This paper deals with smartphone model identification using image features. 64 image features are grouped into colour, wavelet and image and quality features are extracted from high resolution smart phone images. A multiclass support vector machine is used as a classifier. 1800 images were captured using 10 different smartphones and devices. Wavelet features and image quality metrics are shown to contain vital device and model information compared to colour features. Compared to colour features, quality and wavelet features are more sensitive to simple image modifications.
In investigating child pornography, blackmail and bullying there is a need to prove the originality of digital images and their source to help during investigations and this can provide evidence as well. Methods ranging from gathering information from the JPEG or EXIF header have been used to predict the source device. Images nowadays are captured using smartphones as they are portable and affordable, and images can be shared instantly. Crimes committed by images captured by smartphones is now recognised by the law. They include activities like web browsing, online social networking, email, MMS and video chat. Previous research on source devices identification using digital images focused on digital cameras, printers and scanners leaving little on cameras embedded in smartphones.
The paper uses the image feature based on Kharrazi et al approach to identify the source and model of an image. This includes evaluating the performance of the image feature category, investigating resizing and cropping and designing a new smartphone image database to evaluate existing techniques.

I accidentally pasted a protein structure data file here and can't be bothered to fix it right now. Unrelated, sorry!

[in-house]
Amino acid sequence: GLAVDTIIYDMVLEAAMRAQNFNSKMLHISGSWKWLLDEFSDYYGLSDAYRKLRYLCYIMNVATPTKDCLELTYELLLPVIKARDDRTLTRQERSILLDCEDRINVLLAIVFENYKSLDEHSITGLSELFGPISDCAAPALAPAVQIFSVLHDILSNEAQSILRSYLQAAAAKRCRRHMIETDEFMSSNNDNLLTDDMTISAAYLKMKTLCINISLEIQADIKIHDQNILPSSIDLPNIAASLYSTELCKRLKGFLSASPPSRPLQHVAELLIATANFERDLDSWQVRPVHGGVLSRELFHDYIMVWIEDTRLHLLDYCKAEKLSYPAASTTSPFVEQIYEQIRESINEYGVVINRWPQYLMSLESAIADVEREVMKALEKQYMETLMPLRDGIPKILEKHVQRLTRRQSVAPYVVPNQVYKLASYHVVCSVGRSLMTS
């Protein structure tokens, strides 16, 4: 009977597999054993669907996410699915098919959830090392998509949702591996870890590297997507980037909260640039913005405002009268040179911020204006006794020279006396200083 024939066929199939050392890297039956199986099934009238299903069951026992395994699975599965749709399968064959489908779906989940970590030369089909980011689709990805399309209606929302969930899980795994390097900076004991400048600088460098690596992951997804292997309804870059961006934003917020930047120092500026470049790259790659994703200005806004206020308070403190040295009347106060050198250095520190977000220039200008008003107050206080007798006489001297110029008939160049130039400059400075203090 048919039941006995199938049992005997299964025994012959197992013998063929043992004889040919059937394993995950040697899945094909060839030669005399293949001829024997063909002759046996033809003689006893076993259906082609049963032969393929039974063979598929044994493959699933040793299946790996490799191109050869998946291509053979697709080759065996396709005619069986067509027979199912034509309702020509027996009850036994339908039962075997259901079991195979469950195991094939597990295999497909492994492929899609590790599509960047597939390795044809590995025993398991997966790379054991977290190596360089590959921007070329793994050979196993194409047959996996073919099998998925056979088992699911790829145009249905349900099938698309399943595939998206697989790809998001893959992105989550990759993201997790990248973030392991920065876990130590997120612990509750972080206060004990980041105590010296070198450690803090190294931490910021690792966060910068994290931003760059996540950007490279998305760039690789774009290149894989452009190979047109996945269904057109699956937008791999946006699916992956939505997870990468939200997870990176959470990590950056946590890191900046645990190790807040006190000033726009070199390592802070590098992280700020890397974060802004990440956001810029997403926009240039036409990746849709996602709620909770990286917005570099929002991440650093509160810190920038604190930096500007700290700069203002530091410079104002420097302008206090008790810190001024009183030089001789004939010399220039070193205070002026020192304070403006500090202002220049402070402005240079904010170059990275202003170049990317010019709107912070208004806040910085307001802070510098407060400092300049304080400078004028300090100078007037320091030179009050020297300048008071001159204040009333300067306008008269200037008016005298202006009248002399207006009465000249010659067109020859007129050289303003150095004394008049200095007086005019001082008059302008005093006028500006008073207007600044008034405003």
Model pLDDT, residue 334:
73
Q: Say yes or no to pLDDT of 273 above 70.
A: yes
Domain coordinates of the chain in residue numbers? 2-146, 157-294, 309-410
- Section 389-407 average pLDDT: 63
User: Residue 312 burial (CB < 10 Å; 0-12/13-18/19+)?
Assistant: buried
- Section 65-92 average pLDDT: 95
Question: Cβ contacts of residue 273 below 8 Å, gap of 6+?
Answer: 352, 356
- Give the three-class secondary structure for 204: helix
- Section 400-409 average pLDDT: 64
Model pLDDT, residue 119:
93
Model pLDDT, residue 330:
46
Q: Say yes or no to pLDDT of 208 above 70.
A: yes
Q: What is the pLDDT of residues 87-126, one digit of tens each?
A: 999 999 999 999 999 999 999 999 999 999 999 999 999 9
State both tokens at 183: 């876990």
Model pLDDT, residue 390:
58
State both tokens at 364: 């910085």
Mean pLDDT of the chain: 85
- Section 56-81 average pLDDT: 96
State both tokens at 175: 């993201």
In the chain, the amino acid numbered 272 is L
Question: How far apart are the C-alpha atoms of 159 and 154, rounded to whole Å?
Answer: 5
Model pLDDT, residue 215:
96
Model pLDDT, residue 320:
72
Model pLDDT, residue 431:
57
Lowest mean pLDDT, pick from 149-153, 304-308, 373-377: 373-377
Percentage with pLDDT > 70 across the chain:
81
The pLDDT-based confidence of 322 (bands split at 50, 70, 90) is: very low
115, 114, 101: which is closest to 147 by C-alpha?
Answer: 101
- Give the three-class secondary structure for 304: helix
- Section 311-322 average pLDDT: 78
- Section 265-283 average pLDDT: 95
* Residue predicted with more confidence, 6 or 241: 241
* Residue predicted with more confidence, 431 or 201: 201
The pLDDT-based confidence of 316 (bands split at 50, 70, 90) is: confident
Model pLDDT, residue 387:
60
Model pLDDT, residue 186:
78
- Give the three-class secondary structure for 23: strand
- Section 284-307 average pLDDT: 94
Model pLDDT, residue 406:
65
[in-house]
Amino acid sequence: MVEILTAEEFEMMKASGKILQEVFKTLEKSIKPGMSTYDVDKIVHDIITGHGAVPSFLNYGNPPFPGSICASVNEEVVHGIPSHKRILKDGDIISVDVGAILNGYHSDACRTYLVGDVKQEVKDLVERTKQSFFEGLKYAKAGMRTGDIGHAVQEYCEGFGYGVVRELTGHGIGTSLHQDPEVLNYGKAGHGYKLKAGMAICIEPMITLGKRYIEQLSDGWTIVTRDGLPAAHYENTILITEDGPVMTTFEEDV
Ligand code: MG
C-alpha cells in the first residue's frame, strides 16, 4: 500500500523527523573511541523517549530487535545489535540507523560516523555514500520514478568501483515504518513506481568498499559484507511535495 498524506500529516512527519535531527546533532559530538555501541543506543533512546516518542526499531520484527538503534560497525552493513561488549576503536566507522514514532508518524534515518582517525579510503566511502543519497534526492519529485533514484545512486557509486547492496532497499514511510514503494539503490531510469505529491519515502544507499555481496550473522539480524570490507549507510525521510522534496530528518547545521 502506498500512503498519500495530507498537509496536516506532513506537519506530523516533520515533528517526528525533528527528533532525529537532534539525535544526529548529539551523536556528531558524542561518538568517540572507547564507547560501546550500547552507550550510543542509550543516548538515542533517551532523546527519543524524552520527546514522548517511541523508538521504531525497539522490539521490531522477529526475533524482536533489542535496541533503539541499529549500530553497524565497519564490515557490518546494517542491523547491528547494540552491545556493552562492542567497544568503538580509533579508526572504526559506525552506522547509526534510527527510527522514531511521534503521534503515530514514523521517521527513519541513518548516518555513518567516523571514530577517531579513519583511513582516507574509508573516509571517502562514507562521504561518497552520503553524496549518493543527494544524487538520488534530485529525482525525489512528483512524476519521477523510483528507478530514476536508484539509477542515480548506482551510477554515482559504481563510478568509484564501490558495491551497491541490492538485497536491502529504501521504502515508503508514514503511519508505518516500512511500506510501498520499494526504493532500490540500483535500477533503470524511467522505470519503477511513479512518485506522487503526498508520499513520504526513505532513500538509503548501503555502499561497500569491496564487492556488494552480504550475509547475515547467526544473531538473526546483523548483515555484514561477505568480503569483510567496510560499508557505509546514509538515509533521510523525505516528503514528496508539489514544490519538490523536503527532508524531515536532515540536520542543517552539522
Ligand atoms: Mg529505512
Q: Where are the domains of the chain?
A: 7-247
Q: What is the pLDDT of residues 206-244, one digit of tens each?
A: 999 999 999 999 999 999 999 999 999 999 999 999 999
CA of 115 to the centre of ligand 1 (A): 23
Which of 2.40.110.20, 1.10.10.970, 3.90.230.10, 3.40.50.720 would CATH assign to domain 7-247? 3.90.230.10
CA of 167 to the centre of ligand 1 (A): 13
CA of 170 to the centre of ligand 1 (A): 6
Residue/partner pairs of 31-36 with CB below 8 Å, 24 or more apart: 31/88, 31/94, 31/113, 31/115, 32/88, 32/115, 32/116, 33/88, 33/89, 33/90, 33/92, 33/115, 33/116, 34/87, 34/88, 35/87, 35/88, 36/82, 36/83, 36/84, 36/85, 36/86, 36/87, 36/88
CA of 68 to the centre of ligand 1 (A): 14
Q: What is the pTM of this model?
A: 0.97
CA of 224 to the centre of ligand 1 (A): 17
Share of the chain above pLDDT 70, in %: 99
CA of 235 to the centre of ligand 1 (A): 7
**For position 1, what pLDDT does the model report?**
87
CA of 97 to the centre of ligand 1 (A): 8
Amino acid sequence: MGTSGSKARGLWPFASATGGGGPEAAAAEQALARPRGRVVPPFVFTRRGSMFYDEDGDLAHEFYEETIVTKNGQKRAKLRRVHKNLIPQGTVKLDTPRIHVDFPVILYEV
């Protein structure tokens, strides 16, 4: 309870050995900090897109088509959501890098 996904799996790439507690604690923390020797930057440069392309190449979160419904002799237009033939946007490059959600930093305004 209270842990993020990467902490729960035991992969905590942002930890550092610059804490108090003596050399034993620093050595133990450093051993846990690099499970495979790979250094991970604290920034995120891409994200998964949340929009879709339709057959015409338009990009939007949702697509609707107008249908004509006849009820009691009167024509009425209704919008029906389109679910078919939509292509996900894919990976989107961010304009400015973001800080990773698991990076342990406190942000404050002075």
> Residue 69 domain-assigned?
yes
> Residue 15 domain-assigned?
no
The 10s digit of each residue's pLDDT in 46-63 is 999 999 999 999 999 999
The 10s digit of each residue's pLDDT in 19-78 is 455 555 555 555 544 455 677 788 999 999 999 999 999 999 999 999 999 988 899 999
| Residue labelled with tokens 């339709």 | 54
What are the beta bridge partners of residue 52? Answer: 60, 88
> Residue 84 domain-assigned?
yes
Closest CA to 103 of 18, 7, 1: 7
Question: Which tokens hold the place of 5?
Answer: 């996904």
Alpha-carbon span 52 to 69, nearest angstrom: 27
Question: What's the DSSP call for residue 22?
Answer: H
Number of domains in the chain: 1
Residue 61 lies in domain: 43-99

The second section of the paper describes image features and the classification model trained for source device identification. Section three explains image data collection and different image sizes. Section four presents experimental findings and discussion and conclusion in section five.
Colour, wavelet and image quality metrics are used to identify modern smartphone device linked to smartphone. This approach analysis the relationship between the image and its device. This is because different components and settings used have effect on the image produced and this can lead to source device. The denoised image for computing IQM features was obtained by adding Gaussian noise of zero mean and unit variance and a filter is used to remove any noise. The Haar wavelet transform was used to calculate the wavelet features. In this case the sum of coefficients in the three-corresponding high frequency wavelet sub bands in extracting relevant features were used and the results of these features were similar to using features extracted from each sub band and the total number of image features was reduced to 40 from 64.
Extracted features were fed to a SVM 11 to train a model to be used to classify new images. An SVM machine was used as a classifier. Images used in this experiment consisted of 600 of origin size ranging from buildings, sky and natural environment. 10 modern smartphones were used to capture images including two HTC devices of the same model.